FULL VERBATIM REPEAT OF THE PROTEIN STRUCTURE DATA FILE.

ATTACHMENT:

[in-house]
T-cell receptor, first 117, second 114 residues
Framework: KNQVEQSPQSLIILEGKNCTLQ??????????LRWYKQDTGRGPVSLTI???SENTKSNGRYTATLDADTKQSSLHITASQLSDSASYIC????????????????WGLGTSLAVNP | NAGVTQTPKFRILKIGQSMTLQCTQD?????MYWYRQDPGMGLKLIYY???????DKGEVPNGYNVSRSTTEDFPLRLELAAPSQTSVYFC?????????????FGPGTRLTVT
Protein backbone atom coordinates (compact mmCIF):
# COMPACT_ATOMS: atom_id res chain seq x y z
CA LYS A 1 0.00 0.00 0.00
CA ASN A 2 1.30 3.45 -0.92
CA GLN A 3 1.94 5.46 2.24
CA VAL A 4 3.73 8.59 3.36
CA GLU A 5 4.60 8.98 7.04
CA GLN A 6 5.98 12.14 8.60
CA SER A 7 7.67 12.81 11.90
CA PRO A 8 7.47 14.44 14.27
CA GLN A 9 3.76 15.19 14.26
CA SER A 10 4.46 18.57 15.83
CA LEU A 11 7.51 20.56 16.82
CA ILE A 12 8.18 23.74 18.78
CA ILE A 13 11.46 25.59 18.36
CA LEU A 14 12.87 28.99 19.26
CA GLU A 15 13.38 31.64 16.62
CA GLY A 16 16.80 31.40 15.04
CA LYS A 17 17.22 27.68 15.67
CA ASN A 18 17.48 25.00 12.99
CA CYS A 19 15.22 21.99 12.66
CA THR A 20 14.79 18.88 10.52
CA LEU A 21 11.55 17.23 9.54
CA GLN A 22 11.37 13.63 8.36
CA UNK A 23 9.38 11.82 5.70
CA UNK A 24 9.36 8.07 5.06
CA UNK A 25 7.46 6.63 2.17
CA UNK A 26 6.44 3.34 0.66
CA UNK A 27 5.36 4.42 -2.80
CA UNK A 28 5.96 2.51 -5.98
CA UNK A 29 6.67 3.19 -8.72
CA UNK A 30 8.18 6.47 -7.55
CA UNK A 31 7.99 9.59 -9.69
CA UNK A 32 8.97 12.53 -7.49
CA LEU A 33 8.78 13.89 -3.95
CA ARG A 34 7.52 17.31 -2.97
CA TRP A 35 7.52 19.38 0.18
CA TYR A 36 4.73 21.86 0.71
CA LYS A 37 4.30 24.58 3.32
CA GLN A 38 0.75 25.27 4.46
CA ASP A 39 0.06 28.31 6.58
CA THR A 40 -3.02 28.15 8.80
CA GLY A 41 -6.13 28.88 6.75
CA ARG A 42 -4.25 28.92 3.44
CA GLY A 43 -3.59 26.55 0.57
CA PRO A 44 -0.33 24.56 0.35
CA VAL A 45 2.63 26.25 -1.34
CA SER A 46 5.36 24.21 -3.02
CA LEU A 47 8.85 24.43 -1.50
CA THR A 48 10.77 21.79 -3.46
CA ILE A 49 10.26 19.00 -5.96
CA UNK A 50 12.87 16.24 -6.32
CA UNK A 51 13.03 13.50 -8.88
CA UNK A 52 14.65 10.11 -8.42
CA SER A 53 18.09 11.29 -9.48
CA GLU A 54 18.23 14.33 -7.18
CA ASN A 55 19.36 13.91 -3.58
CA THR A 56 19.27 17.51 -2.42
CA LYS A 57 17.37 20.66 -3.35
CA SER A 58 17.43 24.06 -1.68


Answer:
[in-house]
T-cell receptor, first 117, second 114 residues
Framework: KNQVEQSPQSLIILEGKNCTLQ??????????LRWYKQDTGRGPVSLTI???SENTKSNGRYTATLDADTKQSSLHITASQLSDSASYIC????????????????WGLGTSLAVNP | NAGVTQTPKFRILKIGQSMTLQCTQD?????MYWYRQDPGMGLKLIYY???????DKGEVPNGYNVSRSTTEDFPLRLELAAPSQTSVYFC?????????????FGPGTRLTVT
Protein backbone atom coordinates (compact mmCIF):
# COMPACT_ATOMS: atom_id res chain seq x y z
CA LYS A 1 0.00 0.00 0.00
CA ASN A 2 1.30 3.45 -0.92
CA GLN A 3 1.94 5.46 2.24
CA VAL A 4 3.73 8.59 3.36
CA GLU A 5 4.60 8.98 7.04
CA GLN A 6 5.98 12.14 8.60
CA SER A 7 7.67 12.81 11.90
CA PRO A 8 7.47 14.44 14.27
CA GLN A 9 3.76 15.19 14.26
CA SER A 10 4.46 18.57 15.83
CA LEU A 11 7.51 20.56 16.82
CA ILE A 12 8.18 23.74 18.78
CA ILE A 13 11.46 25.59 18.36
CA LEU A 14 12.87 28.99 19.26
CA GLU A 15 13.38 31.64 16.62
CA GLY A 16 16.80 31.40 15.04
CA LYS A 17 17.22 27.68 15.67
CA ASN A 18 17.48 25.00 12.99
CA CYS A 19 15.22 21.99 12.66
CA THR A 20 14.79 18.88 10.52
CA LEU A 21 11.55 17.23 9.54
CA GLN A 22 11.37 13.63 8.36
CA UNK A 23 9.38 11.82 5.70
CA UNK A 24 9.36 8.07 5.06
CA UNK A 25 7.46 6.63 2.17
CA UNK A 26 6.44 3.34 0.66
CA UNK A 27 5.36 4.42 -2.80
CA UNK A 28 5.96 2.51 -5.98
CA UNK A 29 6.67 3.19 -8.72
CA UNK A 30 8.18 6.47 -7.55
CA UNK A 31 7.99 9.59 -9.69
CA UNK A 32 8.97 12.53 -7.49
CA LEU A 33 8.78 13.89 -3.95
CA ARG A 34 7.52 17.31 -2.97
CA TRP A 35 7.52 19.38 0.18
CA TYR A 36 4.73 21.86 0.71
CA LYS A 37 4.30 24.58 3.32
CA GLN A 38 0.75 25.27 4.46
CA ASP A 39 0.06 28.31 6.58
CA THR A 40 -3.02 28.15 8.80
CA GLY A 41 -6.13 28.88 6.75
CA ARG A 42 -4.25 28.92 3.44
CA GLY A 43 -3.59 26.55 0.57
CA PRO A 44 -0.33 24.56 0.35
CA VAL A 45 2.63 26.25 -1.34
CA SER A 46 5.36 24.21 -3.02
CA LEU A 47 8.85 24.43 -1.50
CA THR A 48 10.77 21.79 -3.46
CA ILE A 49 10.26 19.00 -5.96
CA UNK A 50 12.87 16.24 -6.32
CA UNK A 51 13.03 13.50 -8.88
CA UNK A 52 14.65 10.11 -8.42
CA SER A 53 18.09 11.29 -9.48
CA GLU A 54 18.23 14.33 -7.18
CA ASN A 55 19.36 13.91 -3.58
CA THR A 56 19.27 17.51 -2.42
CA LYS A 57 17.37 20.66 -3.35
CA SER A 58 17.43 24.06 -1.68